I want to take a moment to outline the process I'm going through for certification with DONA International. Most people probably have no idea what it takes to get certified as a postpartum doula.
There's nothing that says doula have to get certified, and lots of experience can certainly lend a lot of credibility to someone's professional work. Not all doulas feel that certification is an important step in being a professional caregiver. But I do think it's important, so I want to share with you what it's all about.
DONA International has been around for a long time, and has always believed that actual research on the role of the doula is essential. They've been instrumental in producing some major findings that show continuous care through labor can dramatically improve outcomes for mom and baby, and that proper social and emotional support in the postpartum period has a preventative effect against postpartum depression and increases the success of breastfeeding. (Read DONA's position papers below!)
I respect DONA as an organization because I think their professional standards are very high, and I have a thing about integrity. So here's what I've been working on to become certified as a postpartum doula:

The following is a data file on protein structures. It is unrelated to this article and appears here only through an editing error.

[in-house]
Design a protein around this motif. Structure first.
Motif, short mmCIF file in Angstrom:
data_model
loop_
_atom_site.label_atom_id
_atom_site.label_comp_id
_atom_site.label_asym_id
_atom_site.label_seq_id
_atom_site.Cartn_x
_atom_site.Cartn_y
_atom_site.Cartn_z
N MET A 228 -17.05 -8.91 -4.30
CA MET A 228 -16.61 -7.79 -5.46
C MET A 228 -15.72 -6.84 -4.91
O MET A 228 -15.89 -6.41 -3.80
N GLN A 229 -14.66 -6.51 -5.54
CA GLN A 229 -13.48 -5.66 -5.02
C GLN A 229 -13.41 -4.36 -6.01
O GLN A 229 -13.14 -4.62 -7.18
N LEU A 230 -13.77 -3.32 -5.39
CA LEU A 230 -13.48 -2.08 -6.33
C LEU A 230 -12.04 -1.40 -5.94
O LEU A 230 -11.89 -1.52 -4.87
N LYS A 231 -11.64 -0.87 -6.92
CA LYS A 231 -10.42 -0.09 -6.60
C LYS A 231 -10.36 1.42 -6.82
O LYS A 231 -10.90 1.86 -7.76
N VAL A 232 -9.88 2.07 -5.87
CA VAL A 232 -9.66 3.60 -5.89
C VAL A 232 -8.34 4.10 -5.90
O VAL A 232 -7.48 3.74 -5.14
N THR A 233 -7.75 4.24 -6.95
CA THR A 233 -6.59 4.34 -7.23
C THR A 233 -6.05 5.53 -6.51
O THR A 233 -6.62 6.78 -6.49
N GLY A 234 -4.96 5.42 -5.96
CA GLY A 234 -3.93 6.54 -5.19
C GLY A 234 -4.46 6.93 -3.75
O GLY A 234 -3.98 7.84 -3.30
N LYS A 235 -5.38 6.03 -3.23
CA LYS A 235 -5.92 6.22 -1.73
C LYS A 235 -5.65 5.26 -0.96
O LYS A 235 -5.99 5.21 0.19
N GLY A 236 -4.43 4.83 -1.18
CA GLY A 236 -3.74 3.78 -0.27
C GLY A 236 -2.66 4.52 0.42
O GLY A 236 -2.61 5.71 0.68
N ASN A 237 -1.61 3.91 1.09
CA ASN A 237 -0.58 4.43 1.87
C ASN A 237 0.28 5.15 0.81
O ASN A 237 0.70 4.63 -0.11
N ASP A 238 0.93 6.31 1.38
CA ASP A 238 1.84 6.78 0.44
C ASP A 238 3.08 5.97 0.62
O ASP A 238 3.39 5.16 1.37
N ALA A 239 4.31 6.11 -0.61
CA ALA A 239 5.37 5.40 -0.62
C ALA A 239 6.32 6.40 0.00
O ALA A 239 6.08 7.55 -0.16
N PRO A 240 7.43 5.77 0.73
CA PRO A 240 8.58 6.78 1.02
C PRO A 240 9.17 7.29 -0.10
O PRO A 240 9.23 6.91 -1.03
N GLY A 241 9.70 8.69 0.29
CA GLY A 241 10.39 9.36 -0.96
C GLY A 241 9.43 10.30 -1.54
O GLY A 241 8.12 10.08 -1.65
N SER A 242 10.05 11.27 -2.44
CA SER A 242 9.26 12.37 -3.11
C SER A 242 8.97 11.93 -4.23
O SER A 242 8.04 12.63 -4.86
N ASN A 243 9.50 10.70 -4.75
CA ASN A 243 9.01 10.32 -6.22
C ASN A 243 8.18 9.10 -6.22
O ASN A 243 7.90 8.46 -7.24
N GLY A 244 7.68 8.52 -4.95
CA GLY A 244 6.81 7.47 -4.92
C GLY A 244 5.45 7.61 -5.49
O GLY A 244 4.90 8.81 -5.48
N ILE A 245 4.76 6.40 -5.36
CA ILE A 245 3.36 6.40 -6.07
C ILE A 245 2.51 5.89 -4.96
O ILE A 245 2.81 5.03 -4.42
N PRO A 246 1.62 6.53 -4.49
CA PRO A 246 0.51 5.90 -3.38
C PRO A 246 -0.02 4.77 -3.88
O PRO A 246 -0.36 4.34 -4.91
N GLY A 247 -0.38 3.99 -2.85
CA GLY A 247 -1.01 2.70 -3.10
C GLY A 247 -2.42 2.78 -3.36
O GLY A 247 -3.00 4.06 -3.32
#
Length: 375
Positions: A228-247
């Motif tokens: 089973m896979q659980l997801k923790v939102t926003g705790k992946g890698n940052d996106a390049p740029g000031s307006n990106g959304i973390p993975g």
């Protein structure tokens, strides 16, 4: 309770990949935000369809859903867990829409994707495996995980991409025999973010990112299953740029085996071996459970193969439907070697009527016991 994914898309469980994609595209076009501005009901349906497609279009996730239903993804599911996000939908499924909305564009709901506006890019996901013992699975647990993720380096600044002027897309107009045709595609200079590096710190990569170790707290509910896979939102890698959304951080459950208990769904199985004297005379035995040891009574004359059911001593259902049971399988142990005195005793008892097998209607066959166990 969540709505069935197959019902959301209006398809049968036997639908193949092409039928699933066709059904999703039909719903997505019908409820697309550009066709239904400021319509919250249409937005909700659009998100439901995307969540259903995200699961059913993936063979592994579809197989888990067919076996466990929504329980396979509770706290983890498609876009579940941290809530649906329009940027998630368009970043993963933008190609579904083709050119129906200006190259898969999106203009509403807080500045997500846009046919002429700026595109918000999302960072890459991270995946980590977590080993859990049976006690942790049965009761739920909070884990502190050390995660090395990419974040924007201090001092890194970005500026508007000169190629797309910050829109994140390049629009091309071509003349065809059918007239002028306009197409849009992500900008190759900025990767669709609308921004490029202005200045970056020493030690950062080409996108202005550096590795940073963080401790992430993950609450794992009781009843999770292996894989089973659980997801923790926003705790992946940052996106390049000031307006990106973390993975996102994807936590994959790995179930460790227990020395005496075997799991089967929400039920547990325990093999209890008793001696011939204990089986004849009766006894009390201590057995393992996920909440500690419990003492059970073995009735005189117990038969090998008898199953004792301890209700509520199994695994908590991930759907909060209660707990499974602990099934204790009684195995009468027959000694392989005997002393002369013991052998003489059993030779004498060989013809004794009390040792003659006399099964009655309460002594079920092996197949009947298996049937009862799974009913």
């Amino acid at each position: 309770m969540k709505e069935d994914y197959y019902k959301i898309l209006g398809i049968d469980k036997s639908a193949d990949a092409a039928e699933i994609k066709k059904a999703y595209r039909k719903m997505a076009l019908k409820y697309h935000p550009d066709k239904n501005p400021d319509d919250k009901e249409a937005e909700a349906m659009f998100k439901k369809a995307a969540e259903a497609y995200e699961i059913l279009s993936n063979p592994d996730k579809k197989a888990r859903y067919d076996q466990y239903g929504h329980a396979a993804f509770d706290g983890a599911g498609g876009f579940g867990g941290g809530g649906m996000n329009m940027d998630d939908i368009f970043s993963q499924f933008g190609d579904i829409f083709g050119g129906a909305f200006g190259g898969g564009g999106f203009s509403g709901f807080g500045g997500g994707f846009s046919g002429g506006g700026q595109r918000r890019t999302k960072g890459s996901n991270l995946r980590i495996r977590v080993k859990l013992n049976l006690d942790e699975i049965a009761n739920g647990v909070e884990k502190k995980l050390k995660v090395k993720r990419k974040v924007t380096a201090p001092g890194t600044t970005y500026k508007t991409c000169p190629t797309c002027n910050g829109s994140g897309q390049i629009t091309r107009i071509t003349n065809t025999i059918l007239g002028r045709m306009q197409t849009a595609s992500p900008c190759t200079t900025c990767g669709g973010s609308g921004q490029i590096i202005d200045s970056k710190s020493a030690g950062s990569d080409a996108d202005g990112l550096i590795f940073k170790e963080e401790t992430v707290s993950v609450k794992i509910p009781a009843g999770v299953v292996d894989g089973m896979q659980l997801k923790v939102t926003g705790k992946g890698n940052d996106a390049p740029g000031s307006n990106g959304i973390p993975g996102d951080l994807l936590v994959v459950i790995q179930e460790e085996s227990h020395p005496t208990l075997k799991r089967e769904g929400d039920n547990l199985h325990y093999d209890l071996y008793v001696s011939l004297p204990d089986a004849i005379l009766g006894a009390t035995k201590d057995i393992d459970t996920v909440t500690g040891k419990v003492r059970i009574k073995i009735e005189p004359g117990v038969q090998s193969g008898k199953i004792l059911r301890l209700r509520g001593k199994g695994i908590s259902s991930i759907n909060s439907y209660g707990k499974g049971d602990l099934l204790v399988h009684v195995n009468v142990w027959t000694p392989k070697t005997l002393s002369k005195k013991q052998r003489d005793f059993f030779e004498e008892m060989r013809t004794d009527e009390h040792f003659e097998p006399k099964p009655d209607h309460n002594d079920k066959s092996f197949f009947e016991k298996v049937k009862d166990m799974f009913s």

1. Be a professional member of DONA and adhere to their Standards of Practice and Code of Ethics.
2. Complete a 3-hour breastfeeding class, an online lactation study program, or training as a breastfeeding counselor or other lactation professional.
3. Attend 27 hours or more of in-person postpartum doula training.
4. Complete an entire reading list of books on the following topics:
6. Submit at least three good evaluations from the partner, spouse, or other significant adult support person of the mothers from #5.
7. Write a 300-500 word account for each certifying postpartum experience.
8. Signed confidentiality release forms from all clients whose information is being used for certification.
9. A 500-1,000 word essay on "The Value of Postpartum Support"
10. Develop a resource list of at least 45 local resources for clients from at least 30 different categories such as:
12. Provide two professional character references.
13. Current Adult and Infant CPR certification
When you are deciding on who you'll hire as a doula, consider whether a formal certification process is an important piece for you. Lots of people can be caring and comforting, but not everyone has the same level of skill, training, and education. You and your baby deserve the best, and I look forward to serving you with the integrity, education, and code of ethics that comes with formal certification.